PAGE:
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Rolling with Regan

When I started preparing for this role, the most important factor I considered was summed up by a quote from George R.R. Martin:

“Nobody is a villain in their own story. We're all the heroes of our own story.”

It was important to me that Regan believes she’s doing what’s right. She’s not plotting her course to power in a dungeon lair while cackling and torturing kittens. She certainly does horrible things and makes terrible choices, but playing her as someone who was evil from the start and hated her father for no reason is boring. I wanted to find reasons for her anger toward her father, and I wanted to understand the thought processes that led her to violence. As with every play, especially Shakespeare, I started with what’s in the text.

Lear makes it painfully clear that Cordelia has always been his favorite child. As the youngest, she would always be the sweet “baby” of the family. Goneril commands respect and attention by the mere fact that she is the oldest. So where does this leave Regan? I explored a lot of feelings of neglect and inadequacy, because I could imagine a lot of her bitterness and jealousy stemmed from feeling like she never came first with her father.

The text also shows us that both Lear and Cornwall have dangerous tempers. In the opening scene, we see that Lear’s temper flares easily when his ego is damaged. Growing up with a father like that, I imagined that Regan and Goneril, and to a much lesser extent Cordelia, had suffered through many such diatribes and insults as they were growing up. That kind of verbal abuse has long term effects on a person’s psyche. Similarly, Cornwall’s temper flares when his orders to Gloucester are disobeyed, and the consequences he inflicts are horrifying. While there’s no evidence that Cornwall ever directs his anger toward Regan, having a husband with a similar temper to her father can only prolong the constant sense of fear and anxiety she must live with.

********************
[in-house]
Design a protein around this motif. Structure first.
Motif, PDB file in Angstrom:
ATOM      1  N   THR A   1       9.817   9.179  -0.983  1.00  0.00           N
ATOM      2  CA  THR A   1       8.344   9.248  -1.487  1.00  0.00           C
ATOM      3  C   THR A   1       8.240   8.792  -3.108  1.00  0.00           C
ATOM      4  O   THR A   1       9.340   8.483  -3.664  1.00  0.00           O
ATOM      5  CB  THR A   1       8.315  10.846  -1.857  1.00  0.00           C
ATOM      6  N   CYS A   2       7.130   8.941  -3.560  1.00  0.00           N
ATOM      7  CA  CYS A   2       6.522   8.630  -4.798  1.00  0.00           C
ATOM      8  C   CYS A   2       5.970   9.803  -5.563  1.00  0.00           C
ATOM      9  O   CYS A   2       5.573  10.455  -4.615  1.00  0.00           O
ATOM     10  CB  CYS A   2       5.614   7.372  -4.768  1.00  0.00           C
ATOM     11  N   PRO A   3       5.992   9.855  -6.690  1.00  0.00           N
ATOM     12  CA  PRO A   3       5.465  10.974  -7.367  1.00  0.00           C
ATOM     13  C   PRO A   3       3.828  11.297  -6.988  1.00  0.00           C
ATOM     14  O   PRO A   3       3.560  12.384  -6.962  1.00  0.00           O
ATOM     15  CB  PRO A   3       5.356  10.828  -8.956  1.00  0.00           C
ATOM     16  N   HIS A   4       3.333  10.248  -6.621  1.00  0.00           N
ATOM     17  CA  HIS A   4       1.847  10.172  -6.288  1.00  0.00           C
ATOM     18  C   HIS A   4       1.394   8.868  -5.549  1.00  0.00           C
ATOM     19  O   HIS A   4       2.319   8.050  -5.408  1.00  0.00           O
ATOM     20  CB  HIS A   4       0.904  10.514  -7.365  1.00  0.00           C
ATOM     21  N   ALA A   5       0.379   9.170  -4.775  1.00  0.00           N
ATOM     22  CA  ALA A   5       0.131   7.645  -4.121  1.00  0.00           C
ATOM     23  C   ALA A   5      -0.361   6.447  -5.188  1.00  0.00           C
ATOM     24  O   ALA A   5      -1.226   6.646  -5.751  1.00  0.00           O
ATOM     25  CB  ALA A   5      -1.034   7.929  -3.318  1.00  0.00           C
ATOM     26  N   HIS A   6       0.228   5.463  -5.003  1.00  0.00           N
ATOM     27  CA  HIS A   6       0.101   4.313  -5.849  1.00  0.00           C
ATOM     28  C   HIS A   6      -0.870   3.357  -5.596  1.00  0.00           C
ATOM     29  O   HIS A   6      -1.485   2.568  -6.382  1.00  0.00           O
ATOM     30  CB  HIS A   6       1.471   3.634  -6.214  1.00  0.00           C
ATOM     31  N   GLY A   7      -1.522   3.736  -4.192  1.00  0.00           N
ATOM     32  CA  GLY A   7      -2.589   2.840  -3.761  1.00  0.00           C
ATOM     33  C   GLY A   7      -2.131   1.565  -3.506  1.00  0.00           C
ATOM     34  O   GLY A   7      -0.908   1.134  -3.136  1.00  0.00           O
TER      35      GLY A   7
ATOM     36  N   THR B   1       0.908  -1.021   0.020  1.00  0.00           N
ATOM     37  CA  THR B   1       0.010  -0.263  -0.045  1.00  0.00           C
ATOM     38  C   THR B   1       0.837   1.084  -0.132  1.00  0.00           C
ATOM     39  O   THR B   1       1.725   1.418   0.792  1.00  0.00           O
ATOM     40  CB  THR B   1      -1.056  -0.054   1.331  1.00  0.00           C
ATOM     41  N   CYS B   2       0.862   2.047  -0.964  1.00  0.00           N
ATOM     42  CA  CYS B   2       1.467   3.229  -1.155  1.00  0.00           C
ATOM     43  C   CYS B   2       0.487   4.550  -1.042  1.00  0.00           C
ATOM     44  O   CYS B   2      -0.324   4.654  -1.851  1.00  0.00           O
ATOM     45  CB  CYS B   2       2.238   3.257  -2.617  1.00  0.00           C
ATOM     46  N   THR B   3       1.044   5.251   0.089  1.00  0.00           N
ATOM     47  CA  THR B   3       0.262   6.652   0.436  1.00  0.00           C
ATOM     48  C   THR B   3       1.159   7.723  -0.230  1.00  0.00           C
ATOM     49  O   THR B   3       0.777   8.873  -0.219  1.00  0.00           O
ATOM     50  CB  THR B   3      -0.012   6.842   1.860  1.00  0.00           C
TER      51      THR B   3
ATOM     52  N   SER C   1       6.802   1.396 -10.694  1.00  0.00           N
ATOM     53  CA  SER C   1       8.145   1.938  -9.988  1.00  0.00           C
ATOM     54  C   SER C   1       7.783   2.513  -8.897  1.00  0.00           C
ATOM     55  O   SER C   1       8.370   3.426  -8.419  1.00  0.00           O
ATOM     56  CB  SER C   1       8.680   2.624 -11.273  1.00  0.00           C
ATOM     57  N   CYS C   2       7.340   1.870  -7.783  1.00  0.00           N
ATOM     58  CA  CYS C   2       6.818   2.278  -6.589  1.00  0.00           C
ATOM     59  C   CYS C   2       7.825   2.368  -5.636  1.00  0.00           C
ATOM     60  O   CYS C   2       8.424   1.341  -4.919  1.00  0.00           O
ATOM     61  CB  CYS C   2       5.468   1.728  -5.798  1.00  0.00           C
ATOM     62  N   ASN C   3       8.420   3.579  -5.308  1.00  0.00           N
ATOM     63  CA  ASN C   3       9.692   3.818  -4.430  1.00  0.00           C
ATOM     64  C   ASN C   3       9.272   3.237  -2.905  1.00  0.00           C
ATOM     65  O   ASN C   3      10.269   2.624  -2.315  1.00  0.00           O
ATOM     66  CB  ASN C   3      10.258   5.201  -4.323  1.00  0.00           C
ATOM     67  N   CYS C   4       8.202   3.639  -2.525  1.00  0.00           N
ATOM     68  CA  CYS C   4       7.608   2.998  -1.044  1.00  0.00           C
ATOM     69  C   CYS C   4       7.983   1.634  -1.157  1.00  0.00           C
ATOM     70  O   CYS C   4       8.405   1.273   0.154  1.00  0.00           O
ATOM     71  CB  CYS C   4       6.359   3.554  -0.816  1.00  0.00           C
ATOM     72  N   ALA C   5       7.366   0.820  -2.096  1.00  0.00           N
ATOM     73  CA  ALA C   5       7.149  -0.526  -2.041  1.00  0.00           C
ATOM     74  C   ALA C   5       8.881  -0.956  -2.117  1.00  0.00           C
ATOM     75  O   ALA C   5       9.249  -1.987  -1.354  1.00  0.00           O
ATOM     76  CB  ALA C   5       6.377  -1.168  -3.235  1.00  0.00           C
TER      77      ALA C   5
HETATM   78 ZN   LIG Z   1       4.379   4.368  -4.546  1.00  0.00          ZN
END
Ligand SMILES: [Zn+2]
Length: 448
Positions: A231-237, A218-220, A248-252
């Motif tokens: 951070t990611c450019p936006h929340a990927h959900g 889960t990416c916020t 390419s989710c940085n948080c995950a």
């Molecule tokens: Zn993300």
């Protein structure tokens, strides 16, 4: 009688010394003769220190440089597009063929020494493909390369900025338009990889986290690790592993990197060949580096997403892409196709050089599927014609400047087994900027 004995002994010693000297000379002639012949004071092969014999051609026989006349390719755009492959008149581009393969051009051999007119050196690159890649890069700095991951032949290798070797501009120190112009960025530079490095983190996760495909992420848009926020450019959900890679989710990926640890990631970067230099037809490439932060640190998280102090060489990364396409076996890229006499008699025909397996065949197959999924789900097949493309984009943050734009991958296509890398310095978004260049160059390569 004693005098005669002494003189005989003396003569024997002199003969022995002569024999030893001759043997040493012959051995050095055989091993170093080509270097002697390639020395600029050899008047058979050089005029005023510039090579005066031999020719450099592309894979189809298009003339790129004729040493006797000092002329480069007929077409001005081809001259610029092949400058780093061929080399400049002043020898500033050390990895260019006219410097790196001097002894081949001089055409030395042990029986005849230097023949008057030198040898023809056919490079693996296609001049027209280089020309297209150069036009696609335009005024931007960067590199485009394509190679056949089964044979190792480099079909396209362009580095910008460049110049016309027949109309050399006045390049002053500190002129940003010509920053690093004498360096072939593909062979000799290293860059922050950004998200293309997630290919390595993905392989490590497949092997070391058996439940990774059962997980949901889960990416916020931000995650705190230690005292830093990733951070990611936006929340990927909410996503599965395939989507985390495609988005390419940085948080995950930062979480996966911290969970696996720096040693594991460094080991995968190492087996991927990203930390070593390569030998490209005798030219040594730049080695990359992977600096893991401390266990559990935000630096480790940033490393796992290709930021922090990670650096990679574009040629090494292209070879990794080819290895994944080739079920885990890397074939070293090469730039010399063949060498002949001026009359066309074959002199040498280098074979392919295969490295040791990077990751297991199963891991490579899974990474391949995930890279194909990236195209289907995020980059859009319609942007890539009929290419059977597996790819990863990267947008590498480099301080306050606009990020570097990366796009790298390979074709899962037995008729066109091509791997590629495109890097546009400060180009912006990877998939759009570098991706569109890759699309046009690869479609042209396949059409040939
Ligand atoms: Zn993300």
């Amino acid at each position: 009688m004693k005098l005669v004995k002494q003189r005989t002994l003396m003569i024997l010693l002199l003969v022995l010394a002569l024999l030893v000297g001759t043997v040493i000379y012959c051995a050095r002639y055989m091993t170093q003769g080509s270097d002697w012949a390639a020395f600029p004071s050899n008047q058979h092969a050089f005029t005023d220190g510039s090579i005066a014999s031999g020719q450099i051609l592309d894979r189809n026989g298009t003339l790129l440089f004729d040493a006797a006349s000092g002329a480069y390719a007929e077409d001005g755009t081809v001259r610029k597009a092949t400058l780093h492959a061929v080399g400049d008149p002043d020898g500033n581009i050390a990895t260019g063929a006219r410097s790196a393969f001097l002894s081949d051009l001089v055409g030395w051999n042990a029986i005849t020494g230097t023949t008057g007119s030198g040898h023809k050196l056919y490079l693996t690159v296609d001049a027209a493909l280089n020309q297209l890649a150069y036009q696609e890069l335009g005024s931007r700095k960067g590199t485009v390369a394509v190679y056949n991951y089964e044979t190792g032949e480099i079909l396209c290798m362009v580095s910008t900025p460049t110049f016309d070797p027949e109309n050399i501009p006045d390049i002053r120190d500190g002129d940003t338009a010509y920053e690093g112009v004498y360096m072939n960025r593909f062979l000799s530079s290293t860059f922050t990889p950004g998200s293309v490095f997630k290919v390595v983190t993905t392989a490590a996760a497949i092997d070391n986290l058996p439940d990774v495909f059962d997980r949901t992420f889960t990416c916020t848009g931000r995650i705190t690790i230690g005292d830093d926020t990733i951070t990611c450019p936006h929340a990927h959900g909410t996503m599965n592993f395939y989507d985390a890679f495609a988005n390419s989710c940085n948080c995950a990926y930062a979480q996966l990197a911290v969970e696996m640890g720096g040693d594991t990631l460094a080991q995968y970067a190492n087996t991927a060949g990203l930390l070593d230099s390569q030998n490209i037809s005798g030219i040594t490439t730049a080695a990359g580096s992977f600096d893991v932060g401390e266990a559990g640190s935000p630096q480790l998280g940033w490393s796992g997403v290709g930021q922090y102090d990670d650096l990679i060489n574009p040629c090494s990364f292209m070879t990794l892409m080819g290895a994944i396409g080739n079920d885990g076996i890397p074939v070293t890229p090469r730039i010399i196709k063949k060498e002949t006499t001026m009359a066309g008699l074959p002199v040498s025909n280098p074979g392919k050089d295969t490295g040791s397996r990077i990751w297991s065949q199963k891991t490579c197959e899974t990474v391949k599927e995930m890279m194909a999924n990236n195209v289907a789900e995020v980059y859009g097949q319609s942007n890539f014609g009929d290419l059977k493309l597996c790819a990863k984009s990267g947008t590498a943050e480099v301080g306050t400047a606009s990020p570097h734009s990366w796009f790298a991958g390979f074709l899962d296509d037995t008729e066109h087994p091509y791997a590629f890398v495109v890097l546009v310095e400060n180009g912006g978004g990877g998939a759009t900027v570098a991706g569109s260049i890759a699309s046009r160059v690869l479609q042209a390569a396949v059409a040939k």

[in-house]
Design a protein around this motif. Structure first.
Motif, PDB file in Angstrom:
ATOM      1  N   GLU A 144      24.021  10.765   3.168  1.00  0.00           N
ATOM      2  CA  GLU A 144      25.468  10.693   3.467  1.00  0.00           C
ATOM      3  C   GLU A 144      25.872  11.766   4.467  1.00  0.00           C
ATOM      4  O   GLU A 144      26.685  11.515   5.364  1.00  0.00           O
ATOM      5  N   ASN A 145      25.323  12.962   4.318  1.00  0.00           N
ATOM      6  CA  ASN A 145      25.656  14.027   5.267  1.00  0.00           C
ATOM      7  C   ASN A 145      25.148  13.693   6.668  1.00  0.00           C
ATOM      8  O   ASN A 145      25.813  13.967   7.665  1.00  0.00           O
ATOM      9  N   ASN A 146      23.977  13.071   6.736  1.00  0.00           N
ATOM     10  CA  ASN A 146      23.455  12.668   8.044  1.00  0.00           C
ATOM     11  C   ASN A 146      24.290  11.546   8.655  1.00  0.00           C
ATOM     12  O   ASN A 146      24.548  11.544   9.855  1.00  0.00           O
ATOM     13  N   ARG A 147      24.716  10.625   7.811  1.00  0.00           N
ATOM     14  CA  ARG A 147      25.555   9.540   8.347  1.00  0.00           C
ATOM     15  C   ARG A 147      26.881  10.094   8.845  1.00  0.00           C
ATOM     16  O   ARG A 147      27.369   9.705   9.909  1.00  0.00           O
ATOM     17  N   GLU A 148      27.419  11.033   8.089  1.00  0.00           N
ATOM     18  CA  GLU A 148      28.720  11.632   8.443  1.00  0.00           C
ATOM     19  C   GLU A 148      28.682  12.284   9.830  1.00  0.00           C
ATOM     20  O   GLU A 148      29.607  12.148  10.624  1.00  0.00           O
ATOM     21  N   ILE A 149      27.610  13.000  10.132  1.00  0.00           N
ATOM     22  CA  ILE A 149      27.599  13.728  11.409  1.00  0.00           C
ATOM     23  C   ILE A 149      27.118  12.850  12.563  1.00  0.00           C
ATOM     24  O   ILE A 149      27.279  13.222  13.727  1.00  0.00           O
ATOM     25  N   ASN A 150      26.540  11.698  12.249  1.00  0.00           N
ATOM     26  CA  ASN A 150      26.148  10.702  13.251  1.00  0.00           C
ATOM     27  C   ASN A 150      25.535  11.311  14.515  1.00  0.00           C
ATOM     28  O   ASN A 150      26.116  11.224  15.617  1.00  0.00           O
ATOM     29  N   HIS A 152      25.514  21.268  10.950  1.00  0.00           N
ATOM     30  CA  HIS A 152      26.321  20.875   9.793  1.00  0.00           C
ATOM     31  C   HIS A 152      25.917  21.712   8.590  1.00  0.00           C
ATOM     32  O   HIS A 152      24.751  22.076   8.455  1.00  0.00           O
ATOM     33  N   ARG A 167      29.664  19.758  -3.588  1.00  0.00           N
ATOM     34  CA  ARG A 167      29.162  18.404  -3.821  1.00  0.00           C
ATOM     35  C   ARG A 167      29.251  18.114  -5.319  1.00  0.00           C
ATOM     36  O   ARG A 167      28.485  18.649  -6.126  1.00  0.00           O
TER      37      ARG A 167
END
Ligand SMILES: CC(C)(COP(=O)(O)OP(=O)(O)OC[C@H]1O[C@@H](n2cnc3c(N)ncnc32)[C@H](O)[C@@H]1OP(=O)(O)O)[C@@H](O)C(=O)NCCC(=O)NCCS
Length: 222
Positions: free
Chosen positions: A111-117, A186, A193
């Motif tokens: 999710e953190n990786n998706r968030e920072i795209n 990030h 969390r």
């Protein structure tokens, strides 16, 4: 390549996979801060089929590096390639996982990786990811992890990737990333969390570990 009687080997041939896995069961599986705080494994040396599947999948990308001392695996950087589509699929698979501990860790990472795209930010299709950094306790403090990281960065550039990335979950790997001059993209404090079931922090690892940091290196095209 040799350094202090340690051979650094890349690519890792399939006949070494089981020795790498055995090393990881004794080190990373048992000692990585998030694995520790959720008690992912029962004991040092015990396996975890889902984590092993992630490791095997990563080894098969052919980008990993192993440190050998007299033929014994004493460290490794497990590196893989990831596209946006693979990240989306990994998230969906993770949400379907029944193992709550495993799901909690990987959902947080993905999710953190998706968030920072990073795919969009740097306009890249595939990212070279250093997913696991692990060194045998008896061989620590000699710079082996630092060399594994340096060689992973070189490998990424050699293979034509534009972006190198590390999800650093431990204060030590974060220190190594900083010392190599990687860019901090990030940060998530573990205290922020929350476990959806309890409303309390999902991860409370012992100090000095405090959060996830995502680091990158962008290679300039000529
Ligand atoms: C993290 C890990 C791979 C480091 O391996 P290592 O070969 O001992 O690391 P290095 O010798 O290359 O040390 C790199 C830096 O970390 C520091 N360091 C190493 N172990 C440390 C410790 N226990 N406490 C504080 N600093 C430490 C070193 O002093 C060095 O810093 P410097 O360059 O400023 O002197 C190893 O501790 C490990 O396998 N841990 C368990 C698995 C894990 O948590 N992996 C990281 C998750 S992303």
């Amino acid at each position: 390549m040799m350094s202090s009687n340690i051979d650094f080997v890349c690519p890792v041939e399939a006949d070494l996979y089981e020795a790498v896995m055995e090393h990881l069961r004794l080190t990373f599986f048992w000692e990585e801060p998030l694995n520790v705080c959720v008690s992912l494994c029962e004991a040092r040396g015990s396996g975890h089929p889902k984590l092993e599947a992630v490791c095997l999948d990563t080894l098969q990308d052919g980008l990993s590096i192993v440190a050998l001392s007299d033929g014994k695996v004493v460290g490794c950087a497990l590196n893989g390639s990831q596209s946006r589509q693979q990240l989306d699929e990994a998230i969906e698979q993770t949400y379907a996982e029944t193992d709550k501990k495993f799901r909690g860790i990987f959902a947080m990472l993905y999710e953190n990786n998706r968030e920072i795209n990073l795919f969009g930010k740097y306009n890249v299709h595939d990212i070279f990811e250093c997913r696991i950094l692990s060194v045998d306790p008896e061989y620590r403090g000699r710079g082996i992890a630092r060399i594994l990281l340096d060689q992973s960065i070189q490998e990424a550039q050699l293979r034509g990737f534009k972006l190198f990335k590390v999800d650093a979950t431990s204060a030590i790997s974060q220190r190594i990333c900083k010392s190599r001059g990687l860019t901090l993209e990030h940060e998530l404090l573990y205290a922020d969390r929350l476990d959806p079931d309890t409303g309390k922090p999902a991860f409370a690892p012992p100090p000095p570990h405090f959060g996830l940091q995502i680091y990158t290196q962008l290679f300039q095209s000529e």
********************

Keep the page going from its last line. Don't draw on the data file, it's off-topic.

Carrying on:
With this as a foundation, I began exploring Regan as a character who has suffered at the hands of her father. She was always passed over for one sister or the other, and a small misstep could earn her a harsh verbal lashing from her father. However, by the time of the events in the play, Lear is old, and his health and mental faculties are decaying. The scene where she and Goneril confront Lear is a key point in her story. The text showed me that Regan was a bit reluctant to take power over her father and I don’t think she wanted to turn him out of her home. She does what she thinks is best but knows he won’t take it well. The insults that Lear hurls at her and Goneril in this scene are particularly hurtful, and I believe she feels real pain because of the state her father is in.

Unfortunately, this is when things start to take a turn for the worse for Regan. I think both she and Cornwall get a little drunk on power, and when Gloucester betrays them their extreme punishment has dire consequences for Gloucester and for them. Cornwall’s death leaves Regan panicked and completely alone. Her desperation for a supportive partner is apparent in her pursuit of Edmund, which leads her to a final conflict with Goneril.

Out of desperation, Regan takes actions she thinks will lead her to what she wants but which instead cause things to spiral out of control. She doesn’t know she’s a villain. She never sets out with the intent of betraying family members or committing violence, but the choices she makes do lead her down those paths.

I tried to portray Regan in this way; a woman who slowly loses control because she subscribes so strongly to the idiom, “the ends justify the means.” The audience has the benefit of objectivity to see the folly in her actions, but in her mind, she is only doing what is necessary. Over the course of the play, you see Regan start to unravel as she is pushed into increasingly challenging situations in order to do what she believes is right.

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